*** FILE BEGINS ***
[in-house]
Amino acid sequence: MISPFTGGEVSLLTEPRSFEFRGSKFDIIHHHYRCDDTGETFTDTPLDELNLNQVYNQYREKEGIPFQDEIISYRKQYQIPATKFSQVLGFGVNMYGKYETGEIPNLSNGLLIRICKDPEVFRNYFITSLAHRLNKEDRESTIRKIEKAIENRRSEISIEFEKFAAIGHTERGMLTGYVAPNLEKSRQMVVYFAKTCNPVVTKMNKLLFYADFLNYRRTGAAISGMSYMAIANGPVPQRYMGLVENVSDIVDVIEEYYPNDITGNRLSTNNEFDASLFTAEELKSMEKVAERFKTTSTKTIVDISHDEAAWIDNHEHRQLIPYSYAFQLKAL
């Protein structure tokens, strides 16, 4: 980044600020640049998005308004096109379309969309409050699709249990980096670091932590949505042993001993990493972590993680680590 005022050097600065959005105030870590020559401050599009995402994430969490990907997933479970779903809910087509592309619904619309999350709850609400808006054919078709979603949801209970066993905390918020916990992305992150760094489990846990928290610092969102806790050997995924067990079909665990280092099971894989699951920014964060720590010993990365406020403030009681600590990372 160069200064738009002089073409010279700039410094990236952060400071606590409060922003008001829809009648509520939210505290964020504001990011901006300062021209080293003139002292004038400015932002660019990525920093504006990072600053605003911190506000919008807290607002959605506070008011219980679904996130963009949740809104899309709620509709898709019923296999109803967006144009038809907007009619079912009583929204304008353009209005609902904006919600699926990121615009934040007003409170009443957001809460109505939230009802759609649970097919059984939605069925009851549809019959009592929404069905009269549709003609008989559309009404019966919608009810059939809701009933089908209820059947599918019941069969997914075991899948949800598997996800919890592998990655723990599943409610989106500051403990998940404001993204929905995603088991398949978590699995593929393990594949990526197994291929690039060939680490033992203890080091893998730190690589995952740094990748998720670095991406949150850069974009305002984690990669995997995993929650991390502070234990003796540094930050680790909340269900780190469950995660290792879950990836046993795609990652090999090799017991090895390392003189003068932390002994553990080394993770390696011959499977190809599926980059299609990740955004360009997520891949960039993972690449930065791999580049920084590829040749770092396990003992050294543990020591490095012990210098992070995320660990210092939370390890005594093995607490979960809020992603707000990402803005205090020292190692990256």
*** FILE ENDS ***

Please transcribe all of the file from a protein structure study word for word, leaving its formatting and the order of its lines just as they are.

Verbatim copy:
[in-house]
Amino acid sequence: MISPFTGGEVSLLTEPRSFEFRGSKFDIIHHHYRCDDTGETFTDTPLDELNLNQVYNQYREKEGIPFQDEIISYRKQYQIPATKFSQVLGFGVNMYGKYETGEIPNLSNGLLIRICKDPEVFRNYFITSLAHRLNKEDRESTIRKIEKAIENRRSEISIEFEKFAAIGHTERGMLTGYVAPNLEKSRQMVVYFAKTCNPVVTKMNKLLFYADFLNYRRTGAAISGMSYMAIANGPVPQRYMGLVENVSDIVDVIEEYYPNDITGNRLSTNNEFDASLFTAEELKSMEKVAERFKTTSTKTIVDISHDEAAWIDNHEHRQLIPYSYAFQLKAL
């Protein structure tokens, strides 16, 4: 980044600020640049998005308004096109379309969309409050699709249990980096670091932590949505042993001993990493972590993680680590 005022050097600065959005105030870590020559401050599009995402994430969490990907997933479970779903809910087509592309619904619309999350709850609400808006054919078709979603949801209970066993905390918020916990992305992150760094489990846990928290610092969102806790050997995924067990079909665990280092099971894989699951920014964060720590010993990365406020403030009681600590990372 160069200064738009002089073409010279700039410094990236952060400071606590409060922003008001829809009648509520939210505290964020504001990011901006300062021209080293003139002292004038400015932002660019990525920093504006990072600053605003911190506000919008807290607002959605506070008011219980679904996130963009949740809104899309709620509709898709019923296999109803967006144009038809907007009619079912009583929204304008353009209005609902904006919600699926990121615009934040007003409170009443957001809460109505939230009802759609649970097919059984939605069925009851549809019959009592929404069905009269549709003609008989559309009404019966919608009810059939809701009933089908209820059947599918019941069969997914075991899948949800598997996800919890592998990655723990599943409610989106500051403990998940404001993204929905995603088991398949978590699995593929393990594949990526197994291929690039060939680490033992203890080091893998730190690589995952740094990748998720670095991406949150850069974009305002984690990669995997995993929650991390502070234990003796540094930050680790909340269900780190469950995660290792879950990836046993795609990652090999090799017991090895390392003189003068932390002994553990080394993770390696011959499977190809599926980059299609990740955004360009997520891949960039993972690449930065791999580049920084590829040749770092396990003992050294543990020591490095012990210098992070995320660990210092939370390890005594093995607490979960809020992603707000990402803005205090020292190692990256």